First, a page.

However, opposition to this conclusion from key member states including Germany, Poland and Italy made the climate commissioner Connie Hedegaard not recommend an immediate move to 30 percent.
The communication explains that to hit the 30 percent target, it will cost the EU economy €81bn in 2020. That compares to a cost of €70bn estimated two years ago, when the EU energy and climate package was adopted, to reach the 20 percent target. In other words, the global recession and other recent developments have reduced the price of a 30 percent emission reduction target to virtually the same level as EU leaders thought the existing 20 percent target would cost when they adopted it. The benefits of such a move would be multiple – better air quality and public health as a result of more investments in cleaner power plants, higher security of EU energy supply and – if carbon tax revenues are used to cut taxes on labour – a net creation of jobs.
The document puts forward an array of policies, which could achieve the 30 percent target. These include a tighter EU Emissions Trading Scheme (ETS) cap, as a result of which there would be a gradual reduction in auctioned allowances; and the introduction of CO2 taxes in key sectors not covered by the ETS. It is assumed that a price of €30 per tonne of CO2 emitted across all sectors would be sufficient to achieve the target.
With the present 20 percent target, prices for emission allowances in the EU will not rise above €16 by 2020, which means investments in new low-carbon technologies over the next decade will be low and will need to be compensated – at a higher cost – by more investments after 2030.
The communication also addresses the implications of stepping up to 30 percent for the risk of carbon leakage. Carbon leakage refers to the risk that domestic action leads to emission-intensive industries moving production abroad. The document finds that the effect would be limited, with extra estimated production losses of around 1 percent for the ferrous and non-ferrous metals, chemical products and other energy intensive industries compared to the 20 percent target.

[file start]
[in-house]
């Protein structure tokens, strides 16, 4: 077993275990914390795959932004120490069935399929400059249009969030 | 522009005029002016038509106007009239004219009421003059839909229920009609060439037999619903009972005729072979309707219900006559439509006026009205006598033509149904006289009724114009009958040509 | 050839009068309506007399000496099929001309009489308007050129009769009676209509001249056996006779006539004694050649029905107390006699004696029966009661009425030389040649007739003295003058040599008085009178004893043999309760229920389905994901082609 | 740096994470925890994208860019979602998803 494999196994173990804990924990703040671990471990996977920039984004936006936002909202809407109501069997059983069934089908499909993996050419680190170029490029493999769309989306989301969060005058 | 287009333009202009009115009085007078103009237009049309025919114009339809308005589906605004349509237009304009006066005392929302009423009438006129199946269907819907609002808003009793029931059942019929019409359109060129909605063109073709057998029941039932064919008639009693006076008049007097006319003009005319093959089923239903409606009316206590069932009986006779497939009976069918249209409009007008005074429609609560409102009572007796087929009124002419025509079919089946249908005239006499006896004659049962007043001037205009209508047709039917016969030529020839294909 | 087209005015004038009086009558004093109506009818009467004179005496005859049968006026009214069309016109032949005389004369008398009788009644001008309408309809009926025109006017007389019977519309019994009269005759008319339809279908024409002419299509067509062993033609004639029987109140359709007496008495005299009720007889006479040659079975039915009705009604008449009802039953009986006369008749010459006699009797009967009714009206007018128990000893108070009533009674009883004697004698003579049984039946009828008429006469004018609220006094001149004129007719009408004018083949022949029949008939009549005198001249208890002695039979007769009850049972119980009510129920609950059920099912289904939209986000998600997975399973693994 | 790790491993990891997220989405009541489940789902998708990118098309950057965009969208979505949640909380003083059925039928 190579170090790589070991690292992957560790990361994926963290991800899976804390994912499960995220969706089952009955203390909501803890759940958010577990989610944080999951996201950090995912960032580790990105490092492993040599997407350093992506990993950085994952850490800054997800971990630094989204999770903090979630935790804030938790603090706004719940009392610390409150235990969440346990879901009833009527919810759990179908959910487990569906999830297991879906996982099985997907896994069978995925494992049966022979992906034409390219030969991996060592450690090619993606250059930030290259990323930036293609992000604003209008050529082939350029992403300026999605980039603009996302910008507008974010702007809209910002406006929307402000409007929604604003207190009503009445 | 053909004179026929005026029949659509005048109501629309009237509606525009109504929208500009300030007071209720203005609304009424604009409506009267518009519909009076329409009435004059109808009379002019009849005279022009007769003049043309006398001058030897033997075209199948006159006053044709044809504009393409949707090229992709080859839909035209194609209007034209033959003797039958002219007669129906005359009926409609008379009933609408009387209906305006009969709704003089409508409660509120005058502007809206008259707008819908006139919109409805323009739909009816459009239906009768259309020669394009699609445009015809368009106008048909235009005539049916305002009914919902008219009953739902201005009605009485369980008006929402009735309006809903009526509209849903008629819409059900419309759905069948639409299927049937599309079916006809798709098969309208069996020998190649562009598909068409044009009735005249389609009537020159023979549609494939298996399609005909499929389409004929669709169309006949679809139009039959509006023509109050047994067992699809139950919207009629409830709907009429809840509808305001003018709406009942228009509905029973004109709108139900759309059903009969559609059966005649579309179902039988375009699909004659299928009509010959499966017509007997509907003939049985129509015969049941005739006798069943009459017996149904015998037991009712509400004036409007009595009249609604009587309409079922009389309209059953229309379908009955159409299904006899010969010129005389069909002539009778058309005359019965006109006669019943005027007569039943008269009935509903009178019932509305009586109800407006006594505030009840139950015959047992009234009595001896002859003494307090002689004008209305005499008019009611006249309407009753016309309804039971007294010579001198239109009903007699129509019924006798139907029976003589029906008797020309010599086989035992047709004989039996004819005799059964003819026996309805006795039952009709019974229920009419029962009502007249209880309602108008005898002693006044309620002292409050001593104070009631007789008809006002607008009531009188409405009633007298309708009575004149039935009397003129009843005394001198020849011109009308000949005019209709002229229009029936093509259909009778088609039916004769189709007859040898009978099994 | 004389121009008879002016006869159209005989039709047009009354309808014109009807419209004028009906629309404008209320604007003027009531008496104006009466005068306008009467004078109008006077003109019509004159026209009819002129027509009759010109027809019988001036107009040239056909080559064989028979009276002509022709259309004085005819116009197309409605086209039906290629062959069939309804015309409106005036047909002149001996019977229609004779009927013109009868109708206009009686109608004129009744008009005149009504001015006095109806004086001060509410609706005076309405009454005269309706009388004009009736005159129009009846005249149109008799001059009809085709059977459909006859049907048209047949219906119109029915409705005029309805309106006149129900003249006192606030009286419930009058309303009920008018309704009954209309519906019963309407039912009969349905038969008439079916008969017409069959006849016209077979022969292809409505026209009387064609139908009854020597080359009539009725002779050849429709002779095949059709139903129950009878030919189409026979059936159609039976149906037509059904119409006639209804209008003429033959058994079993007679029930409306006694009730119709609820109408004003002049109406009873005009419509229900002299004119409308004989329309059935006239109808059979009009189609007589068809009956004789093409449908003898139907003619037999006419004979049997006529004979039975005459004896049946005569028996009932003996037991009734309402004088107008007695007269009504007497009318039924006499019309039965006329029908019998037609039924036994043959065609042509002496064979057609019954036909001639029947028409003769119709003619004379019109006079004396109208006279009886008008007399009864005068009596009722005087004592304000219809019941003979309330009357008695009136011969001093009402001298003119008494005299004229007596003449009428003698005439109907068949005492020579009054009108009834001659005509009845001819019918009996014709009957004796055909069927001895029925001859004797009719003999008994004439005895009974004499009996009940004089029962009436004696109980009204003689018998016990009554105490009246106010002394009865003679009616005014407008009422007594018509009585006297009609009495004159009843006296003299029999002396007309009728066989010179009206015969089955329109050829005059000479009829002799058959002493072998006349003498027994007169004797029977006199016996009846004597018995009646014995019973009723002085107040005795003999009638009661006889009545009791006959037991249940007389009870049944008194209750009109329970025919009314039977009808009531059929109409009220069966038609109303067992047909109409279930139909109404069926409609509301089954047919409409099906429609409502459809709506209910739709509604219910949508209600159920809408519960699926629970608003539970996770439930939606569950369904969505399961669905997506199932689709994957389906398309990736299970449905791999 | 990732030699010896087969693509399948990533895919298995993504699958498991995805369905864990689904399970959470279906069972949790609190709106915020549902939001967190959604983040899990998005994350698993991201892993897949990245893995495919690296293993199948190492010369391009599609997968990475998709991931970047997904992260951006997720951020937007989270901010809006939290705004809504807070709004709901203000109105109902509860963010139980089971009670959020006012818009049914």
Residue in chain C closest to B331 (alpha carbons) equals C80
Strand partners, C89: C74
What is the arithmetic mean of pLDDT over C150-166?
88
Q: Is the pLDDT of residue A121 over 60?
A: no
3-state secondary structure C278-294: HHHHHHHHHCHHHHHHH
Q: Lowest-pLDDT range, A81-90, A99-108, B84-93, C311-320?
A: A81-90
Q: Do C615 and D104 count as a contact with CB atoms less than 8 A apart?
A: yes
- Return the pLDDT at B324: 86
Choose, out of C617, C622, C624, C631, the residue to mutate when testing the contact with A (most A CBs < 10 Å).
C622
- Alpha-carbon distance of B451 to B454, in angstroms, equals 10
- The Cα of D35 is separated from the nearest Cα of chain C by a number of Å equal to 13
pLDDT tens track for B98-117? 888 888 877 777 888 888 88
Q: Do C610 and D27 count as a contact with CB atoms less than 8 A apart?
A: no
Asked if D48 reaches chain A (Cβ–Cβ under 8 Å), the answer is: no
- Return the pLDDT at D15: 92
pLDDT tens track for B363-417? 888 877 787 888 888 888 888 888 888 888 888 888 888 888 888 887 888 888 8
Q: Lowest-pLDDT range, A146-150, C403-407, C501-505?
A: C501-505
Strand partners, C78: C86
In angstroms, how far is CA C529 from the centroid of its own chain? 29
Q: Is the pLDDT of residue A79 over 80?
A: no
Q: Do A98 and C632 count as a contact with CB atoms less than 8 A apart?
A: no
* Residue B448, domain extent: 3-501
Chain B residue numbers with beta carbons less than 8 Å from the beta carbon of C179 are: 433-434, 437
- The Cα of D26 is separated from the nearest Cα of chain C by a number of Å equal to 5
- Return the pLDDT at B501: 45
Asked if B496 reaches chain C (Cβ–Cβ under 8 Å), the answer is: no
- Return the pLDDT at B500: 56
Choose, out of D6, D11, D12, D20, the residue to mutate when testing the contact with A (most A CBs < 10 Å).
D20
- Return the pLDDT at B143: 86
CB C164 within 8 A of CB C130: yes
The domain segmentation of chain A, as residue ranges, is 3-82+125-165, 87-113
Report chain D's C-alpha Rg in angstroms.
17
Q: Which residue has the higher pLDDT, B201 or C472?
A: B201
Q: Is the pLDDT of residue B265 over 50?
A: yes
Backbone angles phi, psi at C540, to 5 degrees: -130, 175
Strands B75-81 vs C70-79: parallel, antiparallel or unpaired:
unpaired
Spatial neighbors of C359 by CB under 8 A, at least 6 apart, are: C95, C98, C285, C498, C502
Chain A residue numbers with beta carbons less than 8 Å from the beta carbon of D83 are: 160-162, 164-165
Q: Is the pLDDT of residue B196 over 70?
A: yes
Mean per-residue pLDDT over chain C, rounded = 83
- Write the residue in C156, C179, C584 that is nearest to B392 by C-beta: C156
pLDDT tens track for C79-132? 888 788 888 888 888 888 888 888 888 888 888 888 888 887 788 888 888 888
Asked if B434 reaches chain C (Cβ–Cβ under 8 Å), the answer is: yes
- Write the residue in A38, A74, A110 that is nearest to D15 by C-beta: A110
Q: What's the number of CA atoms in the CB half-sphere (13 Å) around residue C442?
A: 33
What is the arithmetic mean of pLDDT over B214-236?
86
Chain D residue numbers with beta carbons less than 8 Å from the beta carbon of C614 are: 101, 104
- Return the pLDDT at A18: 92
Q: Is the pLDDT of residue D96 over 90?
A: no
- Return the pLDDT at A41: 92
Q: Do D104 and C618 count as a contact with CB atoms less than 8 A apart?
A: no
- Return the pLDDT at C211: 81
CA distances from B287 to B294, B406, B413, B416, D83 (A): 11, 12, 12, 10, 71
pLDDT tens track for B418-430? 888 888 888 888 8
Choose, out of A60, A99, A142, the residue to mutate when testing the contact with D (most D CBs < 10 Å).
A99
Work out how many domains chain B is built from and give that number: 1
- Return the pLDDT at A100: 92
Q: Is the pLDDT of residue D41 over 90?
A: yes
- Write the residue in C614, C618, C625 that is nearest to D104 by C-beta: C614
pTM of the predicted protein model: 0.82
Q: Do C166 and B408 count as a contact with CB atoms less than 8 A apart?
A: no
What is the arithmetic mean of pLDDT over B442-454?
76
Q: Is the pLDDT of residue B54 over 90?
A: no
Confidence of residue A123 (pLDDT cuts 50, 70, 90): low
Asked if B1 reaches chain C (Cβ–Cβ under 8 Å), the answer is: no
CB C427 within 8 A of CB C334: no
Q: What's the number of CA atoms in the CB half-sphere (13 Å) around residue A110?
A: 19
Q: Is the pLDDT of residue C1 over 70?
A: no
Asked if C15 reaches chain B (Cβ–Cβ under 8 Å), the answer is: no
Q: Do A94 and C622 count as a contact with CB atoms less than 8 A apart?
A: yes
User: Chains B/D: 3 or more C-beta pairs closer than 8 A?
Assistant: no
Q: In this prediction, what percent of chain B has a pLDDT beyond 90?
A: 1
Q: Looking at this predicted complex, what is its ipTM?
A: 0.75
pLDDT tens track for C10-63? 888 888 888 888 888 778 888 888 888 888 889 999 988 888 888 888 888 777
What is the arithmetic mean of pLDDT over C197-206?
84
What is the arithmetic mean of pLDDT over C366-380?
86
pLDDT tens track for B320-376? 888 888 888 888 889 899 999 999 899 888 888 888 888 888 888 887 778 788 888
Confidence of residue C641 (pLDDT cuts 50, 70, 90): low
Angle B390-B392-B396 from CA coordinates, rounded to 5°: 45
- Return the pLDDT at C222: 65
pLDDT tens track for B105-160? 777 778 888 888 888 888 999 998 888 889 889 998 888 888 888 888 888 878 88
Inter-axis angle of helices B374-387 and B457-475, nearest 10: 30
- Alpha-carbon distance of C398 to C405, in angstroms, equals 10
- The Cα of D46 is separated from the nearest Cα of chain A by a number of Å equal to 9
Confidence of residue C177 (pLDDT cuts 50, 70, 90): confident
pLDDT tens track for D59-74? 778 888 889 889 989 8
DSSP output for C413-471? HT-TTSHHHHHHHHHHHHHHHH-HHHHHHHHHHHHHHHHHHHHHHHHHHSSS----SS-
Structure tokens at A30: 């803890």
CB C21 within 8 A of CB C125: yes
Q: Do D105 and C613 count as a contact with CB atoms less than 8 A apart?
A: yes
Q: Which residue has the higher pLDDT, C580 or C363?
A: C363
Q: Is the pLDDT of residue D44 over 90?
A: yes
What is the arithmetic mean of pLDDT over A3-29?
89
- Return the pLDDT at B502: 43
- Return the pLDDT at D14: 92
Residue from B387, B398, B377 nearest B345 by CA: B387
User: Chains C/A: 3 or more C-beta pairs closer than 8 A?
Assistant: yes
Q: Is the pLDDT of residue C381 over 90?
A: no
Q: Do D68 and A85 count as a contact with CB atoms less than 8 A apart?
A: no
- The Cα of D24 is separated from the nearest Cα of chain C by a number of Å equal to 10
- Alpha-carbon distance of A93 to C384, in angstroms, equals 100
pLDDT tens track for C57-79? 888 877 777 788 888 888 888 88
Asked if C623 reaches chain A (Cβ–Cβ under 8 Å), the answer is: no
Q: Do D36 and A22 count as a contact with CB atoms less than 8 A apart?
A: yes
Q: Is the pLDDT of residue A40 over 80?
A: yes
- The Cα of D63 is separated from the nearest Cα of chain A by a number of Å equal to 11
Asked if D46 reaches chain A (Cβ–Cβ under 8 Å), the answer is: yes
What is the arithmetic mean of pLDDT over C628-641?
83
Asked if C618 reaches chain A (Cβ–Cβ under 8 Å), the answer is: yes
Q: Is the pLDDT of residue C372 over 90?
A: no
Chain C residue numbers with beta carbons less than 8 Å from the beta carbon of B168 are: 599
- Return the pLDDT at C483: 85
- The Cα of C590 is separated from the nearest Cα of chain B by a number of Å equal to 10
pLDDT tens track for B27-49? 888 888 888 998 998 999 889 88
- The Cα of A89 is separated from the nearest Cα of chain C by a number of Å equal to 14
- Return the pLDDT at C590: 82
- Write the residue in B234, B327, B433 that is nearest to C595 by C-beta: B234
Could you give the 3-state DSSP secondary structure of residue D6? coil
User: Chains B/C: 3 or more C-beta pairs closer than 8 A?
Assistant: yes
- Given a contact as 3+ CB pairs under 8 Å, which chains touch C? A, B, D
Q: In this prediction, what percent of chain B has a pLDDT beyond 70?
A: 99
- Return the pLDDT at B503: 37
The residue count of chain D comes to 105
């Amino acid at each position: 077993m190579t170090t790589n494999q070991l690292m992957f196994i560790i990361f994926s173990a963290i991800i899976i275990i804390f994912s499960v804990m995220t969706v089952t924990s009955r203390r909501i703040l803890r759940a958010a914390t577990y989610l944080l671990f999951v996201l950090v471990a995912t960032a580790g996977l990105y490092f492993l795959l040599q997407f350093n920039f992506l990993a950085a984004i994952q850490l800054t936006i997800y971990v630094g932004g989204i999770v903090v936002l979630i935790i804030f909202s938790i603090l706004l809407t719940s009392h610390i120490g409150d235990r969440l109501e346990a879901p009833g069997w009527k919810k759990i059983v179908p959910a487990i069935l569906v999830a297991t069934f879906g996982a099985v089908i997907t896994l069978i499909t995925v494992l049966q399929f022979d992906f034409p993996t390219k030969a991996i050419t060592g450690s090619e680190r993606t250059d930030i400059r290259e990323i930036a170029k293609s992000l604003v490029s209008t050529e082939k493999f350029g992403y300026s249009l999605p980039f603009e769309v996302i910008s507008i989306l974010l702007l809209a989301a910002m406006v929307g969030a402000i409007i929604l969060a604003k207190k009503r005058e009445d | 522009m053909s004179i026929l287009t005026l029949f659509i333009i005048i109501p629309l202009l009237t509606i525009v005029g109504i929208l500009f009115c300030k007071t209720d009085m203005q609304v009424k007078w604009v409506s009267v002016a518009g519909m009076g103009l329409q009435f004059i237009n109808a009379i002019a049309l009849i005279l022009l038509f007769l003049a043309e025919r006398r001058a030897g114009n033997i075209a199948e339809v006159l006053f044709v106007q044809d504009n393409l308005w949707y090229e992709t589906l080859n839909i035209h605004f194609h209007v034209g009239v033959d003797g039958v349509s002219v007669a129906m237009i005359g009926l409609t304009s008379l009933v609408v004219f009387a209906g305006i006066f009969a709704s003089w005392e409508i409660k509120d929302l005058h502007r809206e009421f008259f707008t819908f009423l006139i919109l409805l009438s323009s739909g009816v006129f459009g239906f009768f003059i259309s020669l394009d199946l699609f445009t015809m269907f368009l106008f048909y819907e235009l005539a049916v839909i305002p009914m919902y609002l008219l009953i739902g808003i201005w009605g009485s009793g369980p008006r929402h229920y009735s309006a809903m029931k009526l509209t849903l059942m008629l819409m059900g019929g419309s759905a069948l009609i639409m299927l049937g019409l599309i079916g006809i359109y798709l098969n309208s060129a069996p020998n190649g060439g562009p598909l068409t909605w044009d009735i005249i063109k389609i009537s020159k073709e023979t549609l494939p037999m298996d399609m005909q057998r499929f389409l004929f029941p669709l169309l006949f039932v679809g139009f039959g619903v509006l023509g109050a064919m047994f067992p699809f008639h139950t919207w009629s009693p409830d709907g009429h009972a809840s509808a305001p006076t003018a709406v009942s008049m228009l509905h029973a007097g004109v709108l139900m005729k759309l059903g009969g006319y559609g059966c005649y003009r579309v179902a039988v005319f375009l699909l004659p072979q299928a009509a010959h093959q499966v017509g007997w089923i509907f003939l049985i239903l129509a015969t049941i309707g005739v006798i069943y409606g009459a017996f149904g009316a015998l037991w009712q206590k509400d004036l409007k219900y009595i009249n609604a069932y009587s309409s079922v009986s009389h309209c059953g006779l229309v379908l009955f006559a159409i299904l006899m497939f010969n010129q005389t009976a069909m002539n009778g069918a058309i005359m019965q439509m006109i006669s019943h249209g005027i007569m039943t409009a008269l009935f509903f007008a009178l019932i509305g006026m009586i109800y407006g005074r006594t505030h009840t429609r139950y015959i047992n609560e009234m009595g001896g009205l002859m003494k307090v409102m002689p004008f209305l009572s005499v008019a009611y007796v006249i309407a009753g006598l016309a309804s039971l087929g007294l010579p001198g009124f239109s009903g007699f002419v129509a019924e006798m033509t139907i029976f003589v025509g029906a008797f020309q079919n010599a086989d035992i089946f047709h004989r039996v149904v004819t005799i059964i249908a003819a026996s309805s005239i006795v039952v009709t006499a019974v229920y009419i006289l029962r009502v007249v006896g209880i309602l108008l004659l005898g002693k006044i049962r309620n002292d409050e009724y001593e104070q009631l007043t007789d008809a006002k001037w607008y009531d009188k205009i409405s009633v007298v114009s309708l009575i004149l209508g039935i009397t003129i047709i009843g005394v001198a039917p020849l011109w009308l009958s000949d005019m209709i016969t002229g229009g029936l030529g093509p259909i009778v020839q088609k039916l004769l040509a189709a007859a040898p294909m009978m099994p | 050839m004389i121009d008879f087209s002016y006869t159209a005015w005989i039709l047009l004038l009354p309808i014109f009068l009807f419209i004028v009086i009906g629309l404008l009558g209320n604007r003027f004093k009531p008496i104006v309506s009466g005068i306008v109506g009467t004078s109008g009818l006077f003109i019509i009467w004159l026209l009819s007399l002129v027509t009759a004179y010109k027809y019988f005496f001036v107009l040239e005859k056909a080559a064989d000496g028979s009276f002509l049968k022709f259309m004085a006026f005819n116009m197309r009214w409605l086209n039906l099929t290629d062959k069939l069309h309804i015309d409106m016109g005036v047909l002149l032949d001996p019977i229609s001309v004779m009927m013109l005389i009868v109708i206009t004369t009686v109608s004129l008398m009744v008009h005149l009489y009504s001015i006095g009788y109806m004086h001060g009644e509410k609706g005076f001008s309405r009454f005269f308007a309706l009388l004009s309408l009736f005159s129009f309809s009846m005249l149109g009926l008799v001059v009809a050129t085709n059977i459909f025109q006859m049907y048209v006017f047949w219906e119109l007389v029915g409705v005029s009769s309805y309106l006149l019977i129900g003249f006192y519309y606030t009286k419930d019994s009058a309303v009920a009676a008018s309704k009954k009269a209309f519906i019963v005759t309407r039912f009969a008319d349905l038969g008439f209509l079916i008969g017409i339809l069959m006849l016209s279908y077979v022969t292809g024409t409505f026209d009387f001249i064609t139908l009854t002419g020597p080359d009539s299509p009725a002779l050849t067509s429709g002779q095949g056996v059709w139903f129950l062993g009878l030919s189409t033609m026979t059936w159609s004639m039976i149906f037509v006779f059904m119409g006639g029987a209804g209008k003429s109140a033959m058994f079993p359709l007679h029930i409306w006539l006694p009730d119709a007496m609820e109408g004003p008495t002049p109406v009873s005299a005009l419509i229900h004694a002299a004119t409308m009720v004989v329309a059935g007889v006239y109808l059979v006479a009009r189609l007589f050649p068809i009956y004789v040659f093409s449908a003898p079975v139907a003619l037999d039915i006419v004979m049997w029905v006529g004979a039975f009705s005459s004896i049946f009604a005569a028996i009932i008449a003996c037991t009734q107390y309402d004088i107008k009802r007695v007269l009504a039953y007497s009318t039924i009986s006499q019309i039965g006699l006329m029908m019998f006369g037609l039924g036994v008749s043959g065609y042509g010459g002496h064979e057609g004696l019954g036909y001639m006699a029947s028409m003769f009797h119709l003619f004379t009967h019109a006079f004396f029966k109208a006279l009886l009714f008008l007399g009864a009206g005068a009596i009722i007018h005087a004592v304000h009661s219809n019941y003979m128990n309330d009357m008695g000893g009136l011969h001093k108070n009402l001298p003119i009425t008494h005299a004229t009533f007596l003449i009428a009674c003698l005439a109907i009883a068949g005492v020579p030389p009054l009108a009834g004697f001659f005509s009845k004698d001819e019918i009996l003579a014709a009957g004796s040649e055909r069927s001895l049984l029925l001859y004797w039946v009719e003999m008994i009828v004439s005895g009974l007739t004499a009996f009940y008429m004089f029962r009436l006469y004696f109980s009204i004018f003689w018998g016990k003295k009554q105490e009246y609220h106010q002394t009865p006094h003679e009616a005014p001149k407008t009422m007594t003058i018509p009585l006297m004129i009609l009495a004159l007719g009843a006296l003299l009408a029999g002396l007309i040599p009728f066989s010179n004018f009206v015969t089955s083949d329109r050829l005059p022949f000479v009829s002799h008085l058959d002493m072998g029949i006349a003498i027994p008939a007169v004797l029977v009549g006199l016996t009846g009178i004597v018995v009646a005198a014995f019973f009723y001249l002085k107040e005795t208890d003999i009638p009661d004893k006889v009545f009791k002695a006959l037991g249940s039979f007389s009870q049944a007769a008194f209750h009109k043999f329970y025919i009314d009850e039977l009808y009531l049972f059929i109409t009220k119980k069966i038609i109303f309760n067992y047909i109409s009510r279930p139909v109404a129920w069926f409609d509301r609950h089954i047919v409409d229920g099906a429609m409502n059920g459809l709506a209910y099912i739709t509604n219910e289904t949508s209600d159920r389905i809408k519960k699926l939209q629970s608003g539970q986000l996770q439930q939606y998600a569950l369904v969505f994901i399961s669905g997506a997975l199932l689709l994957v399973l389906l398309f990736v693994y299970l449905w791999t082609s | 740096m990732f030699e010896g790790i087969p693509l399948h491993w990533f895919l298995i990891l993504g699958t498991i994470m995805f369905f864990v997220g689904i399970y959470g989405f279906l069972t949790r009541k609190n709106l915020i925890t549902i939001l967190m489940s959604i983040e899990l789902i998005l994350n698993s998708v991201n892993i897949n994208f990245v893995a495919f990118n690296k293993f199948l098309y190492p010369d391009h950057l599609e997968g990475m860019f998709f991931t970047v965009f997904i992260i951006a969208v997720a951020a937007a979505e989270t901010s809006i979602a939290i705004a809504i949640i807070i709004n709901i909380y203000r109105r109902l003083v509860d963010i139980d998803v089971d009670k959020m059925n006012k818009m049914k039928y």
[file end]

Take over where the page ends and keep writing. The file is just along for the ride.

At a press conference on May 27th, Hedegaard explained that although the time may not be ripe to pursue a 30 percent target, Europe should pursue the step-up in due course.
“Whether to increase our reduction target for 2020 from 20 percent to 30 percent is a political decision for the EU leaders to take when the timing and the conditions are right,” said Hedegaard.
“Obviously, the immediate political priority is to handle the [financial] crisis. But as we exit the crisis, the commission has now provided input for a fact-based discussion. The decision is not for now, but I hope that our analysis will inspire debate in the member states on the way forward,” she said
Various member states, led by Germany, Poland and Italy, have expressed opposition to a 30 percent target. As a result, the adopted communication is one third shorter than an earlier leaked version. Notably, a reference to an ongoing Commission impact assessment of CO2 emission performance standards was deleted.
The UK, on the other hand, spoke in favour of a 30 percent target.
“We will push for the EU to demonstrate leadership by supporting an increase in the EU emissions reduction target to 30 percent by 2020,” said Chris Huhne, the new UK energy and climate change secretary.
The analysis set out in the communication will be reviewed by member state environment ministers next month.
Access the communication here.